char (which goes back to before I'd even heard of C++), I might
just do that.

and (b) the logic of table lookup is completely decoupled from
the rest of the program. Of course, a simple function

  char const * encode ( char ch ) {
    switch ( ch ) {

could do the same.

As I said, I'd probably go with the switch. If I were going
to go to the effort of initializing the map completely, I'd
probably go with a char const*[UCHAR_MAX], rather than
std::map. Or a map with just the elements which don't use
an identity transformation.

Initializing the map completely is not a big deal at all. Just
change the constructor slightly:

    for ( char ch = std::numeric_limits<char>::min();
          ch < std::numeric_limits<char>::max();
          ++ ch ) {
      the_map[ ch ] = ch;
    the_map[ std::numeric_limits<char>::max() ] =
    // now for the special characters:
    the_map[ '&' ] = "&amp";

And I'd probably still write out the loop; somehow, the idea
of transforming each individual character into a string just
to output it bothers me.

a) Note that the operator() of the encoder returns a string
const &. So, this does not really create a string each time
just for output. It only involves a few levels of indirection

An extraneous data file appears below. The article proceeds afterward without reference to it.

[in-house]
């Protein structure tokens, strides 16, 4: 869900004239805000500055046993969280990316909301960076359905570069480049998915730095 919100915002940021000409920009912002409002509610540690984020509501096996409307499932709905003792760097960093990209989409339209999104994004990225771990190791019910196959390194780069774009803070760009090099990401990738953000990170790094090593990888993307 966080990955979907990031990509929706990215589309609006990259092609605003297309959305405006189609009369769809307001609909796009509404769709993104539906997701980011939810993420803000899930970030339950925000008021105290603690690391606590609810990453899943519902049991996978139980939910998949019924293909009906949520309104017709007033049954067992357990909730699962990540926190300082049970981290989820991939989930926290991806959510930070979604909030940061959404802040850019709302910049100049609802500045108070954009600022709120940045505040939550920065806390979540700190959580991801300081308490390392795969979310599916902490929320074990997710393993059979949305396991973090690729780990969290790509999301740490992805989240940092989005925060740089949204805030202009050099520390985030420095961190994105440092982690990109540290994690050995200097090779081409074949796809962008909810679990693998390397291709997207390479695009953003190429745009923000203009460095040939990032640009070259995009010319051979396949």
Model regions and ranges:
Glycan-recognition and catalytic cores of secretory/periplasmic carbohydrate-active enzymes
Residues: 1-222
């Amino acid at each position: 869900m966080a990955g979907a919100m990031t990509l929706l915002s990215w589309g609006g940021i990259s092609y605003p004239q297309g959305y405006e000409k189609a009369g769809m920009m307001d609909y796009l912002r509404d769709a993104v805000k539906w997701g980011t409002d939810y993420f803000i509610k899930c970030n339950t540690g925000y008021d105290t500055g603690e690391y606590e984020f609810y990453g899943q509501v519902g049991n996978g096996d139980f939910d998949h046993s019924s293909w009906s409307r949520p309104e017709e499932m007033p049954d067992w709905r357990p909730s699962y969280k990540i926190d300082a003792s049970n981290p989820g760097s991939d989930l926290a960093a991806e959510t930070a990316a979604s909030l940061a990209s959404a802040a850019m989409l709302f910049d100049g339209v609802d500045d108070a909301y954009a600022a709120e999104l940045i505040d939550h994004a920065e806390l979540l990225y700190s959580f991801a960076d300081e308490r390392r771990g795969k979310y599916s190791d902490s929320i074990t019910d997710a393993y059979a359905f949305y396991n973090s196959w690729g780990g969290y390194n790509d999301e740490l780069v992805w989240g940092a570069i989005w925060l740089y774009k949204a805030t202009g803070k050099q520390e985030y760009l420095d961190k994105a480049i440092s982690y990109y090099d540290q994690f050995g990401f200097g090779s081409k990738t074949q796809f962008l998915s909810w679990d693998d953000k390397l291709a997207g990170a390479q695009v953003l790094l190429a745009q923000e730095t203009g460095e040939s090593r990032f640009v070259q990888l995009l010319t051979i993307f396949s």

(something like char*** instead of char*).

I wasn't thinking so much in terms of performance, as I don't
know what. Logically, I was approaching the problem from the
idea: copy the characters, with some special handling for a few
specific characters. Which of course suggests the switch. Of
course, that's probably conditionned by the number of times such
has really been the case: implementing things like printf, etc.,
where the special handling is more than just a one to one

The more I think about it, the more I think you're right: it is
a simple mapping problem.

b) You can use

  map< char, char const * >

instead of map< char, string >. Transform will just look up
the char const * and write it, which is very much the same as
a hand coded loop. The price to pay is that the trick from
above for initializing all the characters that are just passed
through becomes more tricky.

But nothing that a simple AWK script can't handle:-).

c) Maybe you are thinking of a _real_ alternative:

#include <iostream>
#include <istream>
#include <ostream>

int main ( void ) {
  char ch;
  while ( std::cin.get( ch ) ) {
    switch ( ch ) {
    case '&' : { std::cout << "&amp"; break; }
    case '<' : { std::cout << "lt"; break; }
    // ...
    default : { std::cout << ch; break; }

That's what I was thinking of.

I have to admit that I don't like that. It mixes flow control
and table lookup to the effect that different types are piped
to std::cout (char for default and const char * for the other

Yes, but that's the way I first saw the problem. Special
handling for a few special characters, and not table driven code
translation. In this case, I'm probably wrong. I guess I've
just written too much code where it was a case of special

James Kanze (GABI Software)